Opinions

Branding Leads to Direct Response

Posted by Jason Burnham on February 26th, 2013 at 2:50 pm

The guiding principles marketers have used for years to deploy direct response and branding initiatives is about to be turned upside down; primarily because we have been using the wrong metrics to determine marketing success. Direct response programs are typically driven by low cost / low frequency / less targeted media with strong, incented calls-to-action, specific to the action they want a consumer to take right now. Brand building initiatives are typically driven by contextually relevant media using high impact creative executions that solicit an emotional reaction about the product or brand.

Maintaining high frequency of messaging is perceived by marketers as staying top-of-mind, popular, and reputable, so that when a person is ready to purchase a particular product, it is their brand they turn to. While we recognize every campaign is different and there could be a combination of these tactics for both, generally these are the current practices most marketers apply for direct response or branding campaigns.

Unfortunately, it’s been the wrong approach all along. In order to build scale, at the same time increasing marketing performance and business growth, marketers must rethink their approach. Current practices are no longer efficient and will require marketers to adopt new philosophies. We now have greater insight into what actually motivates consumers to behave a certain way, which is driven by thinking style.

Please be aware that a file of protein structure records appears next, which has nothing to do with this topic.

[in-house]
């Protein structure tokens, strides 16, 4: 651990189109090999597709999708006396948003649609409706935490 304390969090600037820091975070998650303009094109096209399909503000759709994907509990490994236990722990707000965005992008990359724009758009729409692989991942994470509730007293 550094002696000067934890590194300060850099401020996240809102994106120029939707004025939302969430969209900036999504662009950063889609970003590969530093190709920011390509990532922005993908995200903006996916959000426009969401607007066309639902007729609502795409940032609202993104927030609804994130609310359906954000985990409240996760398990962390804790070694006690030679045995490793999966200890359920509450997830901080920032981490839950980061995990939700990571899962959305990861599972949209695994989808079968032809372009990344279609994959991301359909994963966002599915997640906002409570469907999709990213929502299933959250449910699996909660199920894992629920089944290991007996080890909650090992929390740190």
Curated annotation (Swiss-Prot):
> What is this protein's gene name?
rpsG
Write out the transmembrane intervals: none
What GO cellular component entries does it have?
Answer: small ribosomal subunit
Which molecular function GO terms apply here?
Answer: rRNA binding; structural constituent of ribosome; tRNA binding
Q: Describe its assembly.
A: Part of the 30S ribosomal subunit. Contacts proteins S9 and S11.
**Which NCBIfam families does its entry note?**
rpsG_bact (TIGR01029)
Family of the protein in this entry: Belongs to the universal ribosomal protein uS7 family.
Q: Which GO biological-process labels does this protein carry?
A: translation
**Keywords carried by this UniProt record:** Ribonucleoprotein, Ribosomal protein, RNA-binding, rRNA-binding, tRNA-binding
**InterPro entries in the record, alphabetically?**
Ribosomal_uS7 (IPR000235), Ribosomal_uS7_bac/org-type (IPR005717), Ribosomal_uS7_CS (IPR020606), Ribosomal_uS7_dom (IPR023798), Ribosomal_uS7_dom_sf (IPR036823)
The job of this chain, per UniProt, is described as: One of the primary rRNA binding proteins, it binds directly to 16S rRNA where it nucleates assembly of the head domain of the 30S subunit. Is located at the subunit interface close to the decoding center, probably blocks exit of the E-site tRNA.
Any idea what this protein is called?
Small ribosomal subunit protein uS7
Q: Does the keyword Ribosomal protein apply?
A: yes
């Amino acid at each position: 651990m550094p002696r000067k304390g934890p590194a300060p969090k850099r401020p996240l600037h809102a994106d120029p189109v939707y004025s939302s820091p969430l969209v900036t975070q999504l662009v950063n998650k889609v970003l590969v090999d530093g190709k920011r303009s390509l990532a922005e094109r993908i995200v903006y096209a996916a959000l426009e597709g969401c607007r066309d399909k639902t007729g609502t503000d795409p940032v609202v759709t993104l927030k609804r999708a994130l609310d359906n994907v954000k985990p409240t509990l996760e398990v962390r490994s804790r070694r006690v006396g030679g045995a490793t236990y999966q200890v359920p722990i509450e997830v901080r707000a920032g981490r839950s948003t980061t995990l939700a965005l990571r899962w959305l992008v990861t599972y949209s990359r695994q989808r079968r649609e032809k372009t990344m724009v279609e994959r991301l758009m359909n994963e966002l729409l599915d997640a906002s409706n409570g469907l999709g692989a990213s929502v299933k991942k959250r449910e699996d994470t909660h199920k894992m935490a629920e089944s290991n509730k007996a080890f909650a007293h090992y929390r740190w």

When we map different media attributes within the MindTime framework, the practices currently in-use do not apply. For example, Future Thinkers tend to be impulsive and will be more responsive to strong, incented calls-to-action, but will require higher frequency of messaging before taking action, as they tend to be very fickle. But Past Thinkers will be resistant, perhaps to avoid risk, due to skepticism, lack of brand credibility, or not enough information to make an informed decision.

Although, Past Thinkers don’t require high levels of frequency and will be more inclined to take immediate action if all of the appropriate information is presented to them. Future Thinkers won’t require the same amount or even the same type of information to make a decision as Past Thinkers. And Present Thinkers will be more attracted to popular and reputable brands but will plan their purchase according to their specific needs.

Ultimately, the stronger the brand is, the more likely it is to yield a higher response. This approach completely contradicts the practices we have all been using. But, I guess that’s part of learning and evolving. We now have a universal framework for understanding people and their behavior. This is going-the-extra-mile to really comprehend how people approach new decisions, and not by inference about the perceived qualities of a manufactured graphic segment or behavioral profile, but by direct measurement of individuals based on their beliefs, motivations, and how they make decisions.